Although I am addressing this towards all aspiring writers, particularly creative writers, I am mostly directing this towards myself in the order that I personally need to hear these things. So, really, I’m saying that the ordering of them is arbitrary to everyone but me, haha. In any case…
1) No matter what the quality, something finished is better than something incomplete.
You can compare yourself to published writing like Twilight or Fifty Shades of Grey or whatever else all you want. The fact of the matter remains that those two books are complete and, if this point struck a chord with you, yours is not. Kind of stings to think of it that way, doesn’t it? But ultimately something complete means that someone managed to see it through to the end, and in the professional world, that means that it is marketable work and yours is not. Heck, even with fanfiction, people would be more willing to read complete multichapter fic of mediocre quality than an abandoned fantastic one that leaves off at the wrong place.
2) Know why you are writing this as a book/play/comic.
This one is for me specifically. I have this one story with great, flashy superpowers and a visually stunning color pallete and scenes that could make for fascinating experimentation with perspective. Unfortunately, it is currently written as a short story anthology. This is not the medium I should have chosen for this story that is so obviously deserving of being a comic book. Either I need to switch to a comic book or figure out how to alter my storytelling to justify it being written in prose.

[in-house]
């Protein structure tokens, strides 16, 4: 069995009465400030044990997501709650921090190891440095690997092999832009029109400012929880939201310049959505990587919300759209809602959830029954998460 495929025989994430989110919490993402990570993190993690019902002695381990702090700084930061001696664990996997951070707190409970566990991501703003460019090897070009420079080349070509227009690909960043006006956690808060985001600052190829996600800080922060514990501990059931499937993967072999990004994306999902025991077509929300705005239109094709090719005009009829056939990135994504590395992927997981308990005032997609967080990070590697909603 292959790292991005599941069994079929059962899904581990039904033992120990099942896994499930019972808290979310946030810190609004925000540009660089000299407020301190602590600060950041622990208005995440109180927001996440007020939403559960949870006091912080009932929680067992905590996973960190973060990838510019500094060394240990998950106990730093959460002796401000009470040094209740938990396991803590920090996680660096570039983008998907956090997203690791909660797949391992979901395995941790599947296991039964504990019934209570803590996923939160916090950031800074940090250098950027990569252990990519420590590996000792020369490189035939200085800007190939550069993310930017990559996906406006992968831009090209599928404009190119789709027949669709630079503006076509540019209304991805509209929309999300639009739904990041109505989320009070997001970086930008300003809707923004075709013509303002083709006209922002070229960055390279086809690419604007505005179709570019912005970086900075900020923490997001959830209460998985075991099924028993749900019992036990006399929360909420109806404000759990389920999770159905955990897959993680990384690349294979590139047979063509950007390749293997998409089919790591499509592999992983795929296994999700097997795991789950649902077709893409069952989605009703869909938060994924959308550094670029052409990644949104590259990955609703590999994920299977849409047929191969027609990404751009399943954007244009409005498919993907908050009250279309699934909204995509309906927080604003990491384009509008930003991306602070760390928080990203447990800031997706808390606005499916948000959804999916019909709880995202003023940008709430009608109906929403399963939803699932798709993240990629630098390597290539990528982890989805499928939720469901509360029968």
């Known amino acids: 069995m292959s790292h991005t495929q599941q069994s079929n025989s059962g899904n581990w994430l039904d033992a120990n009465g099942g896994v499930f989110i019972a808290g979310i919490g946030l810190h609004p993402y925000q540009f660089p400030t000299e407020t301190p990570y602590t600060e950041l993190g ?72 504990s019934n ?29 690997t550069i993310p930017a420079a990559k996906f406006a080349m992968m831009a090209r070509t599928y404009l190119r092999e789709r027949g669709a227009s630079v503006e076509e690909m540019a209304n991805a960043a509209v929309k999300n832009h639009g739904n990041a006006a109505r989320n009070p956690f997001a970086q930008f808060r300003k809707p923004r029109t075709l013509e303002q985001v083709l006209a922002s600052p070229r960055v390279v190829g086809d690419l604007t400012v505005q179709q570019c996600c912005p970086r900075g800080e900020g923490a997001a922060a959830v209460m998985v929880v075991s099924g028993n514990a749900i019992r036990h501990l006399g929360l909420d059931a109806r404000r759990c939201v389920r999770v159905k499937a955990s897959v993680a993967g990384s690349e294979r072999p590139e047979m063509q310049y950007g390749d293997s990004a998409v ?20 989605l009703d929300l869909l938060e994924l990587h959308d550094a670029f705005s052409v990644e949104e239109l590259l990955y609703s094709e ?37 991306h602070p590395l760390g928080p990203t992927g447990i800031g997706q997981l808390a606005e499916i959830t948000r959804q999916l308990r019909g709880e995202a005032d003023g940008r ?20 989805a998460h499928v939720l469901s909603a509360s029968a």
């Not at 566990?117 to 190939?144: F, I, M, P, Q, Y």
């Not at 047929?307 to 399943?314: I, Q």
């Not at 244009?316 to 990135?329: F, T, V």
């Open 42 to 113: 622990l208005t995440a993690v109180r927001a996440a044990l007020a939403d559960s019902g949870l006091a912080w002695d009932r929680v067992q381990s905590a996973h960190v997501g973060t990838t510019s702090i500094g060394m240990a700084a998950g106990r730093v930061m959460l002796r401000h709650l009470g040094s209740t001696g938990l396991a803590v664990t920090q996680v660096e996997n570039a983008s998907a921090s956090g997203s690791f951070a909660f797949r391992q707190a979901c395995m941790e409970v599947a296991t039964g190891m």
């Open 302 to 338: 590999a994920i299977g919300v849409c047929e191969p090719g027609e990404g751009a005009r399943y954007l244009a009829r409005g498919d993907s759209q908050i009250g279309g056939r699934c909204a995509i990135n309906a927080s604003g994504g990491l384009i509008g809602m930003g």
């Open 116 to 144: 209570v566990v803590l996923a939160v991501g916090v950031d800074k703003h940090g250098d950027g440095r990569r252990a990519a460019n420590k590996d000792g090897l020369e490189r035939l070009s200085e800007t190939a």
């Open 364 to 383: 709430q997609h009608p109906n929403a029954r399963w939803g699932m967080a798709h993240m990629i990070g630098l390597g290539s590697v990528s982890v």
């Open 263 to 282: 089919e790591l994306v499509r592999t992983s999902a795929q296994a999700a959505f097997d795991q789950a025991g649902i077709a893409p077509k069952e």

3) A little planning goes a long way.
Writing is a long and arduous process. I completely understand why some people may not feel the desire to create detailed outlines – I, myself, often get bored of my own stories if I know exactly how it will pan out – but a brief sketch of main scenes can help you avoid walking into plot holes that you can’t climb back out of.
4) If you mean to publish, you’re writing for an audience
Sure, you might have a fantastic story all lined up, but does it make sense to someone who doesn’t know it inside and out? Are you telling it in an interesting way or just hoping that people will be interested? You have to make sure that your story is engaging and understandable to people who had nothing to do with its creation.
5) But you’re always writing for yourself
At the same time, the fact of the matter is that you are writing for yourself. If you cater to an audience alone, you begin to lose your voice. Although you want to tell a story that other people can enjoy, it is essential that you also love the story yourself.
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